Online targeted advertising algorithms can have serious reputational consequences for brands

When in late May women’s groups fired off some 60,000 tweets and 5,000 emails to advertisers, protesting against their presence on Facebook pages glorifying violence against women, the giant social networking site did more than acknowledge the complaints. It took action – though only after the likes of American Express and Nissan suspended their marketing campaigns.

Organisers of the online protest declared victory, with Laura Bates of the Everyday Sexism Project writing in the Financial Times of the considerable risks posed by a new form of “targeted” advertising now present on most social media.

“The response of several companies, such as Dove, who said they would ask for their ads to be removed from the pages in question, but would not pull them from Facebook altogether, showed a fundamental lack of understanding of how this advertising works,” wrote Bates.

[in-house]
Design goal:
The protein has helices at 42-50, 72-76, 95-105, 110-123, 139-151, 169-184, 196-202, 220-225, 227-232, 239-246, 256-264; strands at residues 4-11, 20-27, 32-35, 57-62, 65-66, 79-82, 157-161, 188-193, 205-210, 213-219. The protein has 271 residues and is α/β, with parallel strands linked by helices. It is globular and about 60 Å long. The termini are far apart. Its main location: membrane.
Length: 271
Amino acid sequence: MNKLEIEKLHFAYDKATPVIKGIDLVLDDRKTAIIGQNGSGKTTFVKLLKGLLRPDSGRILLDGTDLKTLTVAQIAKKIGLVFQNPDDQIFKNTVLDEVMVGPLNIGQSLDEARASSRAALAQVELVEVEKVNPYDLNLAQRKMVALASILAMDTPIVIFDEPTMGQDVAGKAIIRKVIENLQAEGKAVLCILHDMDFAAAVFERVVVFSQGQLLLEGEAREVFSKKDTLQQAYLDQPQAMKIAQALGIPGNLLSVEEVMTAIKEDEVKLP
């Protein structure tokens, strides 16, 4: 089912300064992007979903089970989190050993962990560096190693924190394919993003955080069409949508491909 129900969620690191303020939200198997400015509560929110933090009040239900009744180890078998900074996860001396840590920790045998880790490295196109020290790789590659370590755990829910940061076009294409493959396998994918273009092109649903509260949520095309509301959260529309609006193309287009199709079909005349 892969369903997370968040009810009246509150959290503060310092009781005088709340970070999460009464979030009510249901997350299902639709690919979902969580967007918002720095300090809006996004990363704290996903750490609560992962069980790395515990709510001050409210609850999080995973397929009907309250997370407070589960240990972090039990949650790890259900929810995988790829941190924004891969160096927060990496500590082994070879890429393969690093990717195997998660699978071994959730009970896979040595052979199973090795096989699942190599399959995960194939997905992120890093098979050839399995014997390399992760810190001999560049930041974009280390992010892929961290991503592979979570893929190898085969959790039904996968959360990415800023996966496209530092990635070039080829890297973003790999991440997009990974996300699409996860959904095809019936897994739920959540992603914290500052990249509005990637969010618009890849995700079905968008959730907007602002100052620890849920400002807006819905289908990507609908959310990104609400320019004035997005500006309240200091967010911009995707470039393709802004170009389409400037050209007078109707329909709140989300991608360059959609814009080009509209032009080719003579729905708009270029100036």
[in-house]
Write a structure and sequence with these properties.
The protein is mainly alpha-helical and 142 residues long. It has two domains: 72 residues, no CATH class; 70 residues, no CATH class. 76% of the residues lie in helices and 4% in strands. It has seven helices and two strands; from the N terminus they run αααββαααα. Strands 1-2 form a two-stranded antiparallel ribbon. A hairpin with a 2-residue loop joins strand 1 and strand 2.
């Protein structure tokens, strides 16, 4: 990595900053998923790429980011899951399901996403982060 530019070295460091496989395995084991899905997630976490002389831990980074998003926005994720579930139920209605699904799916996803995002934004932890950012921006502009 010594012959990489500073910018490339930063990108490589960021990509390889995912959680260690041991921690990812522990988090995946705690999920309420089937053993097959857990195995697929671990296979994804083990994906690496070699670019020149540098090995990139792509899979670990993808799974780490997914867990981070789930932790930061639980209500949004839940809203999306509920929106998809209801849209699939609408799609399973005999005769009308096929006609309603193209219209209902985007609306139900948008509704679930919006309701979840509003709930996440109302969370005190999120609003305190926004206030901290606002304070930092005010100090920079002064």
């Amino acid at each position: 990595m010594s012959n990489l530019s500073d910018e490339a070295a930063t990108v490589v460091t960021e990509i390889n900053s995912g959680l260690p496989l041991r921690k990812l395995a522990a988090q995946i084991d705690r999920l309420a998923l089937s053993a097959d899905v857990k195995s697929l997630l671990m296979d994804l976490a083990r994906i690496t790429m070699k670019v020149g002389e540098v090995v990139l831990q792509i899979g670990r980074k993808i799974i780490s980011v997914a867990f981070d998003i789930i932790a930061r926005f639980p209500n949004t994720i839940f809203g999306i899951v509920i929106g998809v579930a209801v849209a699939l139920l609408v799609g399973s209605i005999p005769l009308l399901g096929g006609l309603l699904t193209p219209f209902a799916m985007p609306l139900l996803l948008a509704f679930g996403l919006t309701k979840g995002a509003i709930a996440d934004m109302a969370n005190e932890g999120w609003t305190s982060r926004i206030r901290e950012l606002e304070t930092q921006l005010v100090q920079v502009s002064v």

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Targeted advertising identifies that a person is likely to buy a particular product, and then automatically places ads for that product on whatever page he or she visits. It’s why Facebook users see advertisements on their profile page that are tailored to their gender, music taste, or location. But because those ads follow users wherever they go, the reputational risk is...

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advertising  Eric Marx  Ethics  Facebook  marketing  privacy 

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